So employees continue to ignore messages, work around the set of systems and processes we have installed, or require what we interpret as irrationally high demands for support to use systems that we think should be simple, intuitive, and frictionless.

    But often we fail to see our end of the problem in these situations. It would be, as in the example of the mind-control cell phone, if the cell phone manufacturer blamed disabled people for their inability to make a simple phone call.

    So today I am thinking about the tools I have deployed, and the communications that surround them, and considering whether or not I have done the equivalent of handing a cell phone over to someone without the ability to dial.

    But until I can deploy systems in the enterprise that operate on 'mind-control', I think, as you may agree, we have a longer and tougher road to go.


    Plantville: Gaming as a Recruiting Tool

    Of course you know about the rapid growth of the series of Facebook-based games Farmville, CityVille, and the like. Some estimates indicate as many as 250 million people play one of the 'Ville'-style social games. Ah - Industry!

    With so many people, across all demographic groups, engaging in these massively popular games online, it only makes sense for organizations that are facing recruiting challenges to look for opportunities to leverage these gaming concepts in their recruiting and candidate engagement efforts.

    The Germany-based industrial company Siemens, is one such company that is experimenting with games, at least in part as a recruiting vehicle. Specifically, Siemens has developed an online interactive game called 'Plantville', that gives players the opportunity and challenge of running a virtual factory, complete with evaluation of key performance indicators, allocation of scarce capital funds, and the ability to improve process efficiency with the purchase and installation of (naturally) more Siemens equipment. Factory managers in Plantville have to hire and deploy workers, balance worker safety and satisfaction against production delivery schedules, and continuously adapt strategies to changing external conditions.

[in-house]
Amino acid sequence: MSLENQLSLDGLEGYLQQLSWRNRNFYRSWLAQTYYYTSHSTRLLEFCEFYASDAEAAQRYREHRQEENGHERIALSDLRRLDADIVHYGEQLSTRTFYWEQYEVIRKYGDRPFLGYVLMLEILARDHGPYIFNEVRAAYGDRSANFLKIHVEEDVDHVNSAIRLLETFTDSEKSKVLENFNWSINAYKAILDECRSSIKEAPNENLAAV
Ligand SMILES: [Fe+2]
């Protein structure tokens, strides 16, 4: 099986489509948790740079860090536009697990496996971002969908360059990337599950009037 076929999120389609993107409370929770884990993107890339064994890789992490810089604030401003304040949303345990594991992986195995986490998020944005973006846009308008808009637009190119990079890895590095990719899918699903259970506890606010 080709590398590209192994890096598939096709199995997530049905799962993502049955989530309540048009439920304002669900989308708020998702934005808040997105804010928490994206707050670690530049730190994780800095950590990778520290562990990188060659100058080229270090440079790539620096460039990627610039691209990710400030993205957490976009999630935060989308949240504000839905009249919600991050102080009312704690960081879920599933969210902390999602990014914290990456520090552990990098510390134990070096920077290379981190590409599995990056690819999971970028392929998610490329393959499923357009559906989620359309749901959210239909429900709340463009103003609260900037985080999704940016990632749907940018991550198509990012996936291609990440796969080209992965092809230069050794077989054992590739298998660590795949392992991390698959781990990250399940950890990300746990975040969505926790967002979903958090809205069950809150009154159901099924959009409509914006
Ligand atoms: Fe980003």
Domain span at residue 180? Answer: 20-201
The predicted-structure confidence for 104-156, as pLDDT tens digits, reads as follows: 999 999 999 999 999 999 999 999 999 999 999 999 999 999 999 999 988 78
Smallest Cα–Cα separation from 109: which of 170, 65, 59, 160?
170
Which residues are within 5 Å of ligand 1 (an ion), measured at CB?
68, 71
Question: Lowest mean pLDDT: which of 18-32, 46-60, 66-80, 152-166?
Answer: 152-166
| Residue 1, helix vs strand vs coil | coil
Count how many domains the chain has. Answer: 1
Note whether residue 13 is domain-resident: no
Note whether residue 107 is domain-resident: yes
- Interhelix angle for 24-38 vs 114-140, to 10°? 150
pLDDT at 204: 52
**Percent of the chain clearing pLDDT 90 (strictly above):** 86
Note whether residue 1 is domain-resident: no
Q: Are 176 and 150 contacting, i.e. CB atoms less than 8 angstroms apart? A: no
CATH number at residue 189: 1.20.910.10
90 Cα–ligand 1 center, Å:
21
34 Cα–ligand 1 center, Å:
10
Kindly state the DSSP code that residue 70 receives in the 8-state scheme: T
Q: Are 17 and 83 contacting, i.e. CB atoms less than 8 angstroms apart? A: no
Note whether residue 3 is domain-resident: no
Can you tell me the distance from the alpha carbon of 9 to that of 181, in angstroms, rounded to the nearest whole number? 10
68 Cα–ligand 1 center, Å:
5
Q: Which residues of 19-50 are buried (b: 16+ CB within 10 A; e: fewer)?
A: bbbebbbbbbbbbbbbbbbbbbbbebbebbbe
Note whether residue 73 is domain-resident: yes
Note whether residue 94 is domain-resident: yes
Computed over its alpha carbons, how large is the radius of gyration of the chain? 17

It actually sounds like a fun game, in a geeky kind of way. 

    The 'Getting Started' in Plantville video is embedded below: (email and RSS subscribers may need to click through)

    While the game serves as a kind of marketing tool to help educate the public, current employees, and potential customers about Siemens products, the executives at Siemens also see the Plantville game as a part of their employee recruiting strategy.